Premillenial dispensationalism--in brief the notion that a period of destruction will proceed the coming of Christ.  This notion, declared a heresy in the early church, was popularized by the Reverend John Darby in the 1830s.  It's fascinating to me to read on this topic, largely because I think this desire for the "end" of all things reflects greatly on the times/places/contexts of the people who become entangled in these notions.  And, the popularization of these concepts reflects greatly on who we are both as a religious and secular society.  Feel free to put on the anthropology hat and read on for my oversimplified view of this all....

A view that I've been pondering since reading a Christmas card from dear friends who I love and miss o' so very much.  A card which stated that they hoped we were enjoying our new friends and our new home.  A card, that despite it's loveliness, made me sorrow and grieve.  A card that reminded me of all that we've lost in moving a third of the way across the country--a move that really HAS been the right decision but has not been a decision made lightly and came with its own costs.

So, as one thing ends another has begun.  And my take, and certainly not a take unique to myself, is that the idea of "end times" emerges when folk find the present so intolerable, that the only thing that could possibly make things better is the destruction of everything that is and the emergence of something totally new.  And, as we pass into 2012, I think many folks can relate to this desire for things to be made new.  New chances, new opportunities, do overs and resolutions...these are all aspects of the celebration of the new year that reflect this very human desire to have our lives and the world around us "fixed".

The difference emerges through how each of us perceive that fix to happen.  Is it internal or external?  The hand of God or our own hand?  Is it both?  For myself it's a bit of both--but not in tribulation and not in fear and destruction.  Rather, through the sense that God calls us beyond ourselves to carry the promises of grace, love and mercy into the world.   That we are the hands and feet of a Christ perpetually in this world--that we are the body of Christ and gifted the ability to love and do as Christ for our fellow folk.  And, we do this "with God's help"...not alone.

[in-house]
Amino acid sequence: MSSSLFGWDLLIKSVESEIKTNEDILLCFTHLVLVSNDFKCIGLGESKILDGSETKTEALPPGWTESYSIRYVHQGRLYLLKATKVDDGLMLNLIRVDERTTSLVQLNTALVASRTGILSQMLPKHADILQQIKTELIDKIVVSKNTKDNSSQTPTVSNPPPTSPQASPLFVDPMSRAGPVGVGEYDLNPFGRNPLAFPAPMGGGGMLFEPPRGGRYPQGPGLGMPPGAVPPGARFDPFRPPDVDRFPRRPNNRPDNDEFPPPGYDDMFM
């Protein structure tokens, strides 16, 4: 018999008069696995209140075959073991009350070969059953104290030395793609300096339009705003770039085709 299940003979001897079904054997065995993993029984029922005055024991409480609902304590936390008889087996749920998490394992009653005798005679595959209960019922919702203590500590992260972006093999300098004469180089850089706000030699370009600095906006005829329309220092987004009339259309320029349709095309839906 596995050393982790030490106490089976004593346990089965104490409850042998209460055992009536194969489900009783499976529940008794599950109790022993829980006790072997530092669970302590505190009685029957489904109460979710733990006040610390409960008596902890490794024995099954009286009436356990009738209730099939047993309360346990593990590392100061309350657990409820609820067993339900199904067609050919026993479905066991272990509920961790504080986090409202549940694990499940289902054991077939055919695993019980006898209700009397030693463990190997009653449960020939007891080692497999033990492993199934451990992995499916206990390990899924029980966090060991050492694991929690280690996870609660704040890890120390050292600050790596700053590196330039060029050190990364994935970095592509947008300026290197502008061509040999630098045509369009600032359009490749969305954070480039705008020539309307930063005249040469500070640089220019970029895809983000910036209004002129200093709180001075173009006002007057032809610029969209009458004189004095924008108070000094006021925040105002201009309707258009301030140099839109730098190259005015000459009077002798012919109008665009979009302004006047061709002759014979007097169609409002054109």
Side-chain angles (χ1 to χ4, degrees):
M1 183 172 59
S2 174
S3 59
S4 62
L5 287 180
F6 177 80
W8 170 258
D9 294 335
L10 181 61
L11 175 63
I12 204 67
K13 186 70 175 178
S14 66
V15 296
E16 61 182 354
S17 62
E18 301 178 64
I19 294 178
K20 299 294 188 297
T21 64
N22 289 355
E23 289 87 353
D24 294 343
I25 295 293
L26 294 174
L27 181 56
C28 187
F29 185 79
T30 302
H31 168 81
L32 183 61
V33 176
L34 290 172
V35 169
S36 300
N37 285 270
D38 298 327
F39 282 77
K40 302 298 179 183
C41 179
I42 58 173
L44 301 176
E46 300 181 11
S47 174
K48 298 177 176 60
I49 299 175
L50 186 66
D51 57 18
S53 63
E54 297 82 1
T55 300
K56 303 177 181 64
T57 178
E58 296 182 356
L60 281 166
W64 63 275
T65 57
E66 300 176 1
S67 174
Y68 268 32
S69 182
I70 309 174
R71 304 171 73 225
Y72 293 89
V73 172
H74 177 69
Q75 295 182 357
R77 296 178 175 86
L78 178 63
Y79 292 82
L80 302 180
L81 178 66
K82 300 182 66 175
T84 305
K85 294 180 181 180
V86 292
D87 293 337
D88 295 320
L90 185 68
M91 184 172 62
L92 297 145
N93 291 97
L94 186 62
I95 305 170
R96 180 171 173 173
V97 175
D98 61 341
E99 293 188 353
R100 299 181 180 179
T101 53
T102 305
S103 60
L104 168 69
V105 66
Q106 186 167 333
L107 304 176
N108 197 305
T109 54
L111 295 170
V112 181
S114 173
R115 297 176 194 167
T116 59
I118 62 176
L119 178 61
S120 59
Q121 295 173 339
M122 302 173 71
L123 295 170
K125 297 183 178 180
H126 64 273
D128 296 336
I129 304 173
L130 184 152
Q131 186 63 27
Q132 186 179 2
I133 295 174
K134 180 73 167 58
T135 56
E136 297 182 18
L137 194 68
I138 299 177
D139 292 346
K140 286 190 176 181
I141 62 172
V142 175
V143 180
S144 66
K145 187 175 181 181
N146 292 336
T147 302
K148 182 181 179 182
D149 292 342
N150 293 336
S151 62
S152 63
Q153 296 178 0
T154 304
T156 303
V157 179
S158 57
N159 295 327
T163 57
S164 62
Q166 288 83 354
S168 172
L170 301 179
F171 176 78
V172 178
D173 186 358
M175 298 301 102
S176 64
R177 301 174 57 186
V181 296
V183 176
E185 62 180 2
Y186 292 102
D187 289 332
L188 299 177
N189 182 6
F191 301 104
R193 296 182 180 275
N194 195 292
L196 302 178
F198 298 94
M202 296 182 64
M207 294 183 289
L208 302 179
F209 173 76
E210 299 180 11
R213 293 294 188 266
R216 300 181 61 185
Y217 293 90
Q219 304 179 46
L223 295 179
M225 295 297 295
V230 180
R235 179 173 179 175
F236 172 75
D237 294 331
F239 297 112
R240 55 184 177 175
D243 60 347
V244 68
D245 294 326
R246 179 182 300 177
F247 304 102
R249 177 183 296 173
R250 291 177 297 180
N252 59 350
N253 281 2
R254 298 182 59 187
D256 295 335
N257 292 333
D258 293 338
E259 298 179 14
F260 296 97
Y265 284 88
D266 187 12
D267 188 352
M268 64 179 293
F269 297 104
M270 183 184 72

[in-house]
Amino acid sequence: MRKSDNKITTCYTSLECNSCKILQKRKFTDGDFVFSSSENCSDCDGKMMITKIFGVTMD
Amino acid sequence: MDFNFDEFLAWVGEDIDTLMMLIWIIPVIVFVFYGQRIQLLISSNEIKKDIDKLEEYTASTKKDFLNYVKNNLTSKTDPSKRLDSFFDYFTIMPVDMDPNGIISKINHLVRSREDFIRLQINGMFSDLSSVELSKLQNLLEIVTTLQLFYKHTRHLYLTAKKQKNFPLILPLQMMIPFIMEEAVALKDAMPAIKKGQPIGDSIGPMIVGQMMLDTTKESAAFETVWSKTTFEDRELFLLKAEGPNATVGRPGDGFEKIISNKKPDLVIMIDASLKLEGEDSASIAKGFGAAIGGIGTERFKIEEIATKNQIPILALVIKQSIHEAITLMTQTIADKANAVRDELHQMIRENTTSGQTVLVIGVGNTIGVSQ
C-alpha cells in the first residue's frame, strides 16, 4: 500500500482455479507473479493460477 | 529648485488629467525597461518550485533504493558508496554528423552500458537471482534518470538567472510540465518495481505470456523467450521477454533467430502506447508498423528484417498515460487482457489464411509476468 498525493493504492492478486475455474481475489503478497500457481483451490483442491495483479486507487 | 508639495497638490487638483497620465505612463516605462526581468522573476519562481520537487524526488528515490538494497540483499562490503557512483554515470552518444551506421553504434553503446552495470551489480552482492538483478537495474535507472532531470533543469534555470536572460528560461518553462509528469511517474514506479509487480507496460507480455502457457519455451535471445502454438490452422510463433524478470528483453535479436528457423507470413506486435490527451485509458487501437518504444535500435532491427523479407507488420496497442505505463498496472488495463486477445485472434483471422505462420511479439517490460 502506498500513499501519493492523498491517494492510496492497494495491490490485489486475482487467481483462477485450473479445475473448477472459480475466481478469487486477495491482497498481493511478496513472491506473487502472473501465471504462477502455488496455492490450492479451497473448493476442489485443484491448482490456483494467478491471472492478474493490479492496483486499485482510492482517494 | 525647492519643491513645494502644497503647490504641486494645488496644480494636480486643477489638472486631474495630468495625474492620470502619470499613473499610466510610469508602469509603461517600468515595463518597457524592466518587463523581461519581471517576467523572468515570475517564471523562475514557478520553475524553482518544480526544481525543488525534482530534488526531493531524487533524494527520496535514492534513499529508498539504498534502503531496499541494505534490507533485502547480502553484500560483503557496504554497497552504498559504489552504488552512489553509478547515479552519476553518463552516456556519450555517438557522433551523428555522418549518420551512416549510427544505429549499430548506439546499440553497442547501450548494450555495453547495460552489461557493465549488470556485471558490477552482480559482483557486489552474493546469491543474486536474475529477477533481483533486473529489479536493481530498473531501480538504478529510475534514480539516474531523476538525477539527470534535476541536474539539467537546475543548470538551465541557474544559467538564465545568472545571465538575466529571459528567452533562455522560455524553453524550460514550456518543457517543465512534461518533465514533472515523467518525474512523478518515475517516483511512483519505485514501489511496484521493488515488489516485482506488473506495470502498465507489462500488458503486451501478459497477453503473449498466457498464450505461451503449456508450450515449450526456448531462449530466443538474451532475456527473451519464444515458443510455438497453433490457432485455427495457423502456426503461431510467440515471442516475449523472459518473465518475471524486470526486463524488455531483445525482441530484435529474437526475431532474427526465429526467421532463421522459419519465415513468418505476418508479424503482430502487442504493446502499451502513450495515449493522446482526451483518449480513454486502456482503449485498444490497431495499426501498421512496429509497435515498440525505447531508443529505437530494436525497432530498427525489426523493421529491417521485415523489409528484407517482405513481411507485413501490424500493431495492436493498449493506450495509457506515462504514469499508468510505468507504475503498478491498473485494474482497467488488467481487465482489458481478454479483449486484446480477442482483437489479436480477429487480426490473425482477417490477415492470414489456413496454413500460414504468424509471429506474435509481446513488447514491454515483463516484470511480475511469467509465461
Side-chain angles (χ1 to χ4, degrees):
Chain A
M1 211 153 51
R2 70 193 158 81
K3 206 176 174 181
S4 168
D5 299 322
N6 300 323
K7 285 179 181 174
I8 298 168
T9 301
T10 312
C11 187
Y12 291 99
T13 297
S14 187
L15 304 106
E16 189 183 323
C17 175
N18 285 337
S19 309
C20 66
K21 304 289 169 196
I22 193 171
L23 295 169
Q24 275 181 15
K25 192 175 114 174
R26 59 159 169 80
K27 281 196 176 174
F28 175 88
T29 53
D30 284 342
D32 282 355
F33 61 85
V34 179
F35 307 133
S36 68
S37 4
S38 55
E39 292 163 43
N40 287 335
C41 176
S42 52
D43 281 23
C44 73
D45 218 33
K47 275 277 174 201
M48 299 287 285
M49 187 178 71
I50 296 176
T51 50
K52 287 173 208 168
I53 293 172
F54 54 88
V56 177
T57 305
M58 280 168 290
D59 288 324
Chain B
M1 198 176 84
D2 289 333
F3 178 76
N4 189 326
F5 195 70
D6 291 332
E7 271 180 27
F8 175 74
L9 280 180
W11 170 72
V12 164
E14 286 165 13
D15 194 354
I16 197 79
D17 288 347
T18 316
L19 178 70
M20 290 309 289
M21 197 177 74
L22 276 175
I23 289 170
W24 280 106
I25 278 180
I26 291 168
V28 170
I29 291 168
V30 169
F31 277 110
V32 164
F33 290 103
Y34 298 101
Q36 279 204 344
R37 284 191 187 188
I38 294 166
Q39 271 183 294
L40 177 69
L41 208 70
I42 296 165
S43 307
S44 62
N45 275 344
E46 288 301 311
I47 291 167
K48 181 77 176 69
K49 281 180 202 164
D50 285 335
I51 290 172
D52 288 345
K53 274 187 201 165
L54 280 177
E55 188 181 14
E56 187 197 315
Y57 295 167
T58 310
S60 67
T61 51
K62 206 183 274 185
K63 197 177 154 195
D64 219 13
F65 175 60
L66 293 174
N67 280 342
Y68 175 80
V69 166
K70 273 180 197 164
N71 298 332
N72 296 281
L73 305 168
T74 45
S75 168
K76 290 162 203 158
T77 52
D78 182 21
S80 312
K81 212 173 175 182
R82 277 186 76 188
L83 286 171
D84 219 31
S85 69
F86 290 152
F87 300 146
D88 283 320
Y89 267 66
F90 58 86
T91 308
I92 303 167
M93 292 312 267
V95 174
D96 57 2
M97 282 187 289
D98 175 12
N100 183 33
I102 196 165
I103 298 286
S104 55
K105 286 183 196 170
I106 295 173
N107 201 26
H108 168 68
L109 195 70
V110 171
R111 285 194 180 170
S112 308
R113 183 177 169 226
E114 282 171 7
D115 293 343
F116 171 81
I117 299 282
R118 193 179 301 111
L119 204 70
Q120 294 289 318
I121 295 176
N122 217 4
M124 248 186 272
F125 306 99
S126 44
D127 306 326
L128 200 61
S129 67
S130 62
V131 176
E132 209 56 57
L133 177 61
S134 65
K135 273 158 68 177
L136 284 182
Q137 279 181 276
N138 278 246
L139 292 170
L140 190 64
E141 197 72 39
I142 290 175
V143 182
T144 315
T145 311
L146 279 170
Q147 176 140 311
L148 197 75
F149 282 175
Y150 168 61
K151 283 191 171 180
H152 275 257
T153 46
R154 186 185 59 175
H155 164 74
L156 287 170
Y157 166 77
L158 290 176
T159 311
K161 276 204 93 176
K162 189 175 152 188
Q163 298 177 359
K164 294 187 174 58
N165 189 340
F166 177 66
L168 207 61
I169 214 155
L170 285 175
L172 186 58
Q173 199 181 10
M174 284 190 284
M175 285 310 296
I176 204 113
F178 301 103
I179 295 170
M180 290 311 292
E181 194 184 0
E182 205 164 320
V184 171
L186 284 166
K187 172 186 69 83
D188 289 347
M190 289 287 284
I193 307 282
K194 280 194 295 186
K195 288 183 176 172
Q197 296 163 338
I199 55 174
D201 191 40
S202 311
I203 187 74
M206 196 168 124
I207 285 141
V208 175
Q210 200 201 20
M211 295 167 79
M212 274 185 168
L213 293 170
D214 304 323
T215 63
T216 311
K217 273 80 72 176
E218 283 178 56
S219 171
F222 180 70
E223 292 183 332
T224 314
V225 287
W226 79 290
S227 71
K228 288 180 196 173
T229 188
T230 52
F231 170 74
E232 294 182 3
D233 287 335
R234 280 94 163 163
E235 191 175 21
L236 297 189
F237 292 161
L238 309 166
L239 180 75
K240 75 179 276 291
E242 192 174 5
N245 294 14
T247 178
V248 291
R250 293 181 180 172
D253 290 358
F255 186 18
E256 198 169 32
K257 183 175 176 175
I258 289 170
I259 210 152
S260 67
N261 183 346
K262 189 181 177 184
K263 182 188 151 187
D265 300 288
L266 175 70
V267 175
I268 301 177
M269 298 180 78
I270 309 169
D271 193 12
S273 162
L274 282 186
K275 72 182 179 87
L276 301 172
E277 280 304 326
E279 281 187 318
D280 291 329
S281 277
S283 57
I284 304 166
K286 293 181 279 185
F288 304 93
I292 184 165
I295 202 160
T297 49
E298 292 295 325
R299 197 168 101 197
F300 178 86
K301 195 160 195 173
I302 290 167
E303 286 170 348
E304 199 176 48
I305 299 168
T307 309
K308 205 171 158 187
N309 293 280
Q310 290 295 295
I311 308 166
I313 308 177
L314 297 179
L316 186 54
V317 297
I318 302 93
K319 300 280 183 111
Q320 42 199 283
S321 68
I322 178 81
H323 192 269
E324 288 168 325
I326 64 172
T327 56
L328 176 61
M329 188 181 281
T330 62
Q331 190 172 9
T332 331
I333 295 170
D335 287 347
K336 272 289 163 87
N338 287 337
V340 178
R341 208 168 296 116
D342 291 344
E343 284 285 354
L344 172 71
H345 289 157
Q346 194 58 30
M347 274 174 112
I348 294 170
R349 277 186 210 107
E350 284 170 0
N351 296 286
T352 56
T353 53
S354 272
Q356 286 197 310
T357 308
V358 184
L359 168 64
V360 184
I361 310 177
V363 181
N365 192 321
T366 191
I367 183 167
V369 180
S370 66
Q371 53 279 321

So, where are we with the weeping and gnashing?  Well, in short, change is hard.  It can be frightening and painful.  Church congregations changing and growing (or shrinking); family members entering or exiting; moving from the familiar to the new; new jobs, new roles, new.  "I will make all things new"...scary at best, revelatory at its heart.

So, will we be made new this year?  Will we embrace changes that bring us ever closer to love and hold each other close when the change seems too hard, too much or too frightening?  Will we hold onto the good and the true in the midst of the need for change in the world?

And you thought change was hard...
Big questions, big times and really, truly, good times at that.  So, here we are, the first hours of the new year...and I pray a blessing of hope and truth and transformation for all those I love, all those I've lost, all those I've found, and all those who are waiting for me.